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Old 10-25-2011, 07:58 PM   #1
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Default Using the cool fall temps to cold crash?

I want to try cold crashing, but I currently do not have fridge space to cold crash 5 gallons of beer that are in my carboy. But, I was thinking, I might be able to cold crash by just putting the carboy outside, considering the cool fall temps. My plan is to cold crash starting tonight (Tuesday) and bottle on Saturday. So 3.5 - 4 days of cold crash.

I checked my weather outlook for Kansas City. The lowest it will get is 33F. The highest during the day will be 67F.

1. Good idea or bad idea? And why do you think so?

2. This is an all extract batch, with only 8 ounces of specialty grains for color/flavor. The rest of the fermentables are 6.6 pounds of light LME. Is there any advantage to cold crashing extract batches? Or is it only beneficial for AG batches?

Thanks!

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Old 10-25-2011, 08:07 PM   #2
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1) not really sure. you definitely need to have it covered so it won't be exposed to UV light if you decide to try this. the fluctuating temperatures might not be ideal for the beer, but i'm not sure why. i think the idea of cold crashing involves sustained cold temps to get the yeast and other proteins to drop out of the beer, i don't know that overnight cold, then warming all day, then overnight cold will have the same effect, but it might work...

2) either.

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Old 10-25-2011, 08:09 PM   #3
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I do this in my unheated mud room all the time. (Well, all the time in winter.) The advantage is that I have a shelf in there that allows me to set the fermenter up high for siphoning, which means I don't have to move it and risk swirling up all the stuff that just dropped out.

Will you carry your fermenter back inside to bottle? My only concern would be swirling stuff up while moving it.

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Old 10-25-2011, 08:12 PM   #4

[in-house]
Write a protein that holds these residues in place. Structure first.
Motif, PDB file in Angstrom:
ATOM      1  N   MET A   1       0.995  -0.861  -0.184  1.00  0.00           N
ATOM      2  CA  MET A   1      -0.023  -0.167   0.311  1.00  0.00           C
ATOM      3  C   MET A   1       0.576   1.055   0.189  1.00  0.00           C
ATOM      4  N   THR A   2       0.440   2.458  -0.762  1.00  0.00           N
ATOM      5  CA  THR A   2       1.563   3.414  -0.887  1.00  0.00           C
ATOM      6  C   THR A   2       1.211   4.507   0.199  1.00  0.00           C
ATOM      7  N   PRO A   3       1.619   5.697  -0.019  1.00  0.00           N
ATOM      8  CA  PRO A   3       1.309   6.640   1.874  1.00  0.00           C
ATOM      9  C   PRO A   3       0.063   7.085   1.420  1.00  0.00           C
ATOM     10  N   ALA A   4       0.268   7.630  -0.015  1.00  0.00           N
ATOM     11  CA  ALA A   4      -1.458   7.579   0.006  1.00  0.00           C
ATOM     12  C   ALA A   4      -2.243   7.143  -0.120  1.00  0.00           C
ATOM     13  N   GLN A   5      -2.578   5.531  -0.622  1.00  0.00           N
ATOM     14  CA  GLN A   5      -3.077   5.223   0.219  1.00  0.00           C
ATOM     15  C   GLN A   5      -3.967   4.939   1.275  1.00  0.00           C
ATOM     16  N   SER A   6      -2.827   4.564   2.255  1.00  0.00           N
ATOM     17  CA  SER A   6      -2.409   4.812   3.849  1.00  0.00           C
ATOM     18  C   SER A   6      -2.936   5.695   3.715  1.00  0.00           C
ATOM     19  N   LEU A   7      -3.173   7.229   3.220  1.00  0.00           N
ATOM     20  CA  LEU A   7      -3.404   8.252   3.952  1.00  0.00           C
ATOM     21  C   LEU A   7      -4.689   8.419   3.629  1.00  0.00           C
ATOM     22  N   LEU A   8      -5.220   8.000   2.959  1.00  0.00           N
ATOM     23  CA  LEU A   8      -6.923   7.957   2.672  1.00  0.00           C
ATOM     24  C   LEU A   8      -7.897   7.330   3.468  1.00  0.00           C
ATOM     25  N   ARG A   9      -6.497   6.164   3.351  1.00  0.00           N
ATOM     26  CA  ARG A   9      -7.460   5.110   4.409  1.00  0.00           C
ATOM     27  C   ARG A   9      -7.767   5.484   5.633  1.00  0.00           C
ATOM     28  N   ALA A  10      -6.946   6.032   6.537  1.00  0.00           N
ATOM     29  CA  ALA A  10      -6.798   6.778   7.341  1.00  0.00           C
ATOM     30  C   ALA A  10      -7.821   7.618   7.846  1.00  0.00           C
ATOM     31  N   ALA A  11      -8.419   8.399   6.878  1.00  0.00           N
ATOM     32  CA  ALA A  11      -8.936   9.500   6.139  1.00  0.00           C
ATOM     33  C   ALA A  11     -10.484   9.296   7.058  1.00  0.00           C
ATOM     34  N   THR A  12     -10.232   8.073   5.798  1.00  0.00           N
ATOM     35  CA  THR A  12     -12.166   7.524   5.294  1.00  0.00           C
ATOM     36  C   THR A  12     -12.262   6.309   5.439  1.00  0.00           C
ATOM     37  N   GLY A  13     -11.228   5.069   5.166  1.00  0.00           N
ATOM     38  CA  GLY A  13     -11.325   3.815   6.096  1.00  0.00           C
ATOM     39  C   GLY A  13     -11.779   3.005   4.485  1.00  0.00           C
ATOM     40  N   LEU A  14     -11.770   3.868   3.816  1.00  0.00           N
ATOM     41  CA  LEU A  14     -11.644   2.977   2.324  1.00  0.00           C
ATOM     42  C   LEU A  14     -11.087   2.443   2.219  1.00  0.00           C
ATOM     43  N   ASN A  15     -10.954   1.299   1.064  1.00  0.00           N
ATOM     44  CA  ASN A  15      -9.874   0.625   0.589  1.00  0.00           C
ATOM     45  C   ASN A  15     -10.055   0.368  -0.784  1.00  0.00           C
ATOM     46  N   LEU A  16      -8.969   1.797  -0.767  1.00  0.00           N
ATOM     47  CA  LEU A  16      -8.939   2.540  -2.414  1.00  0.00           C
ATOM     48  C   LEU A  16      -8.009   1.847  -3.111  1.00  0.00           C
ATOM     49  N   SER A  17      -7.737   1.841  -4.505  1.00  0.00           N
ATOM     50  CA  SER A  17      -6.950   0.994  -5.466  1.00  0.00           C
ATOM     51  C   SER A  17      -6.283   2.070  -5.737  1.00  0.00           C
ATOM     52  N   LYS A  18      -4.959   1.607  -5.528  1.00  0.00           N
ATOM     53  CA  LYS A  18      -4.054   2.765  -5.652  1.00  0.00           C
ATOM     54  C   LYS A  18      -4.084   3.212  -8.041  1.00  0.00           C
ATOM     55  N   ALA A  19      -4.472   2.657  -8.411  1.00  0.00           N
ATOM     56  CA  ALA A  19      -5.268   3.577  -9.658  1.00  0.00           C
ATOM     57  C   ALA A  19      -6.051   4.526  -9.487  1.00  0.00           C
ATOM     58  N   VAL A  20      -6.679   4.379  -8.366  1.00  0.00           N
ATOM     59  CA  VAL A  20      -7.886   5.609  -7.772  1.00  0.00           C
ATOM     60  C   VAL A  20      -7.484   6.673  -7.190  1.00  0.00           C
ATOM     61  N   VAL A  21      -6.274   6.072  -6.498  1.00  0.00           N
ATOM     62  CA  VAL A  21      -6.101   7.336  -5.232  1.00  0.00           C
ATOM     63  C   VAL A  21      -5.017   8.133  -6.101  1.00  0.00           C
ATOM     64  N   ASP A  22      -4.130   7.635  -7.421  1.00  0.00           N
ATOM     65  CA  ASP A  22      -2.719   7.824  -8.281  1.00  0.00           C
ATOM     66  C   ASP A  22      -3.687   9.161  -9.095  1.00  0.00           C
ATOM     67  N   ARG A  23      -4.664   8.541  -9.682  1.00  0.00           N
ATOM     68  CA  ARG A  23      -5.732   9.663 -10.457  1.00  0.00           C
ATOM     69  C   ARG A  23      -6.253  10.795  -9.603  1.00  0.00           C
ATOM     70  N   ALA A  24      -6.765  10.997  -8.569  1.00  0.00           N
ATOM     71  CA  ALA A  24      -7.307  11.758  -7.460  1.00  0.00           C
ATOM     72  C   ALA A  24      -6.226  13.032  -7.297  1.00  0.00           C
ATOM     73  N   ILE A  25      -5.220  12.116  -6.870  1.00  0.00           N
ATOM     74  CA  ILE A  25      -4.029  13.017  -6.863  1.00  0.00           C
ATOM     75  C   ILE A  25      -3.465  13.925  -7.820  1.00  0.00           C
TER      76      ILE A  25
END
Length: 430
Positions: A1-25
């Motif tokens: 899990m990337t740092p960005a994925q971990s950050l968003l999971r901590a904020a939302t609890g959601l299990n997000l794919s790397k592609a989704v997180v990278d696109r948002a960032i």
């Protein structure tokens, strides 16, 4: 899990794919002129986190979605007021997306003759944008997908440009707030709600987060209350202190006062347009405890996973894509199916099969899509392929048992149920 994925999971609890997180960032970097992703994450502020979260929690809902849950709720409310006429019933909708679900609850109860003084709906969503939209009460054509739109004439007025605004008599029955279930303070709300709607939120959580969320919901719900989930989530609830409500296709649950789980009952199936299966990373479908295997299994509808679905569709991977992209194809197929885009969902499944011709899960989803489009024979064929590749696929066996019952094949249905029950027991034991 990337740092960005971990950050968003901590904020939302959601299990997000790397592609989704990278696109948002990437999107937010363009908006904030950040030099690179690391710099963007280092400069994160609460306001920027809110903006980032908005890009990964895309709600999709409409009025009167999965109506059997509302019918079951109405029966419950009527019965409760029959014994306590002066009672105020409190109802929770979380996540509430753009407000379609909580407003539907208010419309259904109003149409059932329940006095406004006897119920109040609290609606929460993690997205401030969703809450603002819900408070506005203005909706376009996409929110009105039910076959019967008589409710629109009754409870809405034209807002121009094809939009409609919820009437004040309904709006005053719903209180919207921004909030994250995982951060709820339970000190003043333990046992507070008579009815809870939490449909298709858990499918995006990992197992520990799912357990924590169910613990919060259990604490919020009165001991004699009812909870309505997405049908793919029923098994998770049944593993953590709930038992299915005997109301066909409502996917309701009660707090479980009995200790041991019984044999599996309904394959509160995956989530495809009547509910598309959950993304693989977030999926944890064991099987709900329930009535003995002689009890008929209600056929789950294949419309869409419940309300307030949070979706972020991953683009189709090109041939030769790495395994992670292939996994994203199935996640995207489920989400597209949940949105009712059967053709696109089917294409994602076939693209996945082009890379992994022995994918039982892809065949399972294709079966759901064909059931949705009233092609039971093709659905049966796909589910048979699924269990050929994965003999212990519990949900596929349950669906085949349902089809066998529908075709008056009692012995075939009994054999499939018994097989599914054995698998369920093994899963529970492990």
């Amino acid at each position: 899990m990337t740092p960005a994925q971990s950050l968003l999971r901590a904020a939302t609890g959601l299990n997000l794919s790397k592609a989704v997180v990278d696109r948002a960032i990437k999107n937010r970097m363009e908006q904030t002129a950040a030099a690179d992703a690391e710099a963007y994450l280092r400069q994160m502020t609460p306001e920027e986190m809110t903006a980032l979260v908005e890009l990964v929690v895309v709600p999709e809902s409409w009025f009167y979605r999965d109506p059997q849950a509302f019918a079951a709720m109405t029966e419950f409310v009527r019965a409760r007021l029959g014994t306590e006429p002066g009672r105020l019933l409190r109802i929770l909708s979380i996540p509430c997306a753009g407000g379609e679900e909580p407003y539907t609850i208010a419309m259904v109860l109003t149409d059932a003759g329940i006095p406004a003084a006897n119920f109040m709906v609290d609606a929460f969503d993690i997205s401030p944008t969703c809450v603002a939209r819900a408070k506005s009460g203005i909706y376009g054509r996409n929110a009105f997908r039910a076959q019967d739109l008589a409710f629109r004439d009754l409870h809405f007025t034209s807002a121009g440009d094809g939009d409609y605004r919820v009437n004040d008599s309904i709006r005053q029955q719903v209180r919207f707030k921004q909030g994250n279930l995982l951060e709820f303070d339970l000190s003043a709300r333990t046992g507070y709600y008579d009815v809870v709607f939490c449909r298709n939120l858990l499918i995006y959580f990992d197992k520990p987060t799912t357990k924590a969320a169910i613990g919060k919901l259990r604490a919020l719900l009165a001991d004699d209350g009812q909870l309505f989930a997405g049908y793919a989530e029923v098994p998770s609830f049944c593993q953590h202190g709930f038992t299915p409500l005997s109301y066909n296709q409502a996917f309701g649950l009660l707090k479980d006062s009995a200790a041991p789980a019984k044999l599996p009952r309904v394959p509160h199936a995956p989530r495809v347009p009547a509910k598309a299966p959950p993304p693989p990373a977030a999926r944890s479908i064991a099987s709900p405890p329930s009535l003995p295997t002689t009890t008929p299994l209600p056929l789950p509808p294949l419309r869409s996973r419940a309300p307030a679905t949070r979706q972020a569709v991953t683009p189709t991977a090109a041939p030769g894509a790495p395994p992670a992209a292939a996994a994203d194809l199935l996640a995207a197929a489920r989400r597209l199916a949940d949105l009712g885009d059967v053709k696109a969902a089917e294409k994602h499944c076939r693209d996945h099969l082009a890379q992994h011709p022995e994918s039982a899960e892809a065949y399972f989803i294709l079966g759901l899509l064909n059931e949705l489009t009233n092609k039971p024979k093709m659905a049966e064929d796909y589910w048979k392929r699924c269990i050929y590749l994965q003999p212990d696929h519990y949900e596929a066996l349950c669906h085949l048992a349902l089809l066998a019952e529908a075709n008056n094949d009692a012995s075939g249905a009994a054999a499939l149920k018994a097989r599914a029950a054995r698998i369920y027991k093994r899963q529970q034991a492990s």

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My guess is that with the temps you listed, you beer will get to about 48F or so. Because of the thermal mass of 5 gallons of liquid, it will resist cooling at night and heating during the day and equilibrate in between the two extremes.

I have no empirical data on what will actually happen, but I don't think you can expect it to get down at 40F

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Old 10-25-2011, 08:14 PM   #5
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Quote:
Originally Posted by android View Post
you definitely need to have it covered so it won't be exposed to UV light if you decide to try this.
Yeah - I will definitely put a black t-shirt on that puppy and put it in a shady spot on the patio if I do this.

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Will you carry your fermenter back inside to bottle? My only concern would be swirling stuff up while moving it.
Good point. But, if it is in a fridge, wouldn't you have to move it out to transfer to the bottling bucket/keg anyway? Maybe I will be super extra careful if I move it back indoors. Or just lift it up on the patio table to transfer to the bottling bucket. Good point! Hadn't thought about swirling up the trub!
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Old 10-25-2011, 08:16 PM   #6
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Quote:
Originally Posted by broadbill View Post
My guess is that with the temps you listed, you beer will get to about 48F or so. Because of the thermal mass of 5 gallons of liquid, it will resist cooling at night and heating during the day and equilibrate in between the two extremes.

I have no empirical data on what will actually happen, but I don't think you can expect it to get down at 40F
This, too, is a good point. Sounds like cold crashing isn't worth it above a certain temp which you seem to indicate is 40F.
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Old 10-25-2011, 08:23 PM   #7
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If you do end up doing this and some trub is stirred up you can just let it sit for a few hours to let the little bit to fall back out of solution. If you are bottling you can always just cold condition them in the fridge for a week after your regular conditioning period for the same clarity effect - only difference will be the amount of yeast at the bottom of your bottle

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Old 10-25-2011, 08:26 PM   #8
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Ive found that even cold crashing at 48 overnight drastically reduces the amount of yeast that make it to a bottle.

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Old 10-25-2011, 08:51 PM   #9
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Yep I do this all the time in my unheated (but insulated) garage during the winter. In the dead of winter it usually stays right around 35 degrees, perfect for chilling.

I would be a bit concerned about temperature fluctuations this time of year though. You might want to do this for only a night or two to minimize the fluctuations. You will see a dramatic difference after even one night.

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Old 10-25-2011, 09:45 PM   #10
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thanks for all the replies! I am going to give it a shot.

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